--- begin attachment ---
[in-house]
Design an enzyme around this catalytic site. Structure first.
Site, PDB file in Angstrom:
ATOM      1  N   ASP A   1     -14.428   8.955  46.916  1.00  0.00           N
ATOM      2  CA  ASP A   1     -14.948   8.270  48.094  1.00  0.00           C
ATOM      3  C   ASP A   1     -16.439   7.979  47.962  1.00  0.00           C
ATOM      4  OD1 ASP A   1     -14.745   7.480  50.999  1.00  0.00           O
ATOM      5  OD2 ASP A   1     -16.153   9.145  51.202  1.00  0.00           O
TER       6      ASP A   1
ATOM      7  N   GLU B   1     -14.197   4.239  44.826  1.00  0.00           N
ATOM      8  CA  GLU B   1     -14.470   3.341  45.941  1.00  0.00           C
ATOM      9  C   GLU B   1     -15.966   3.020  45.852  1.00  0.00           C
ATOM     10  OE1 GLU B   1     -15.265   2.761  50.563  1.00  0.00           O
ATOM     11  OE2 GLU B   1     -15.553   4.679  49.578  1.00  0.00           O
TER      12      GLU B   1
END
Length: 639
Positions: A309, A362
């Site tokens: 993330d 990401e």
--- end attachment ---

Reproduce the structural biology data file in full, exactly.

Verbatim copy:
[in-house]
Design an enzyme around this catalytic site. Structure first.
Site, PDB file in Angstrom:
ATOM      1  N   ASP A   1     -14.428   8.955  46.916  1.00  0.00           N
ATOM      2  CA  ASP A   1     -14.948   8.270  48.094  1.00  0.00           C
ATOM      3  C   ASP A   1     -16.439   7.979  47.962  1.00  0.00           C
ATOM      4  OD1 ASP A   1     -14.745   7.480  50.999  1.00  0.00           O
ATOM      5  OD2 ASP A   1     -16.153   9.145  51.202  1.00  0.00           O
TER       6      ASP A   1
ATOM      7  N   GLU B   1     -14.197   4.239  44.826  1.00  0.00           N
ATOM      8  CA  GLU B   1     -14.470   3.341  45.941  1.00  0.00           C
ATOM      9  C   GLU B   1     -15.966   3.020  45.852  1.00  0.00           C
ATOM     10  OE1 GLU B   1     -15.265   2.761  50.563  1.00  0.00           O
ATOM     11  OE2 GLU B   1     -15.553   4.679  49.578  1.00  0.00           O
TER      12      GLU B   1
END
Length: 639
Positions: A309, A362
């Site tokens: 993330d 990401e």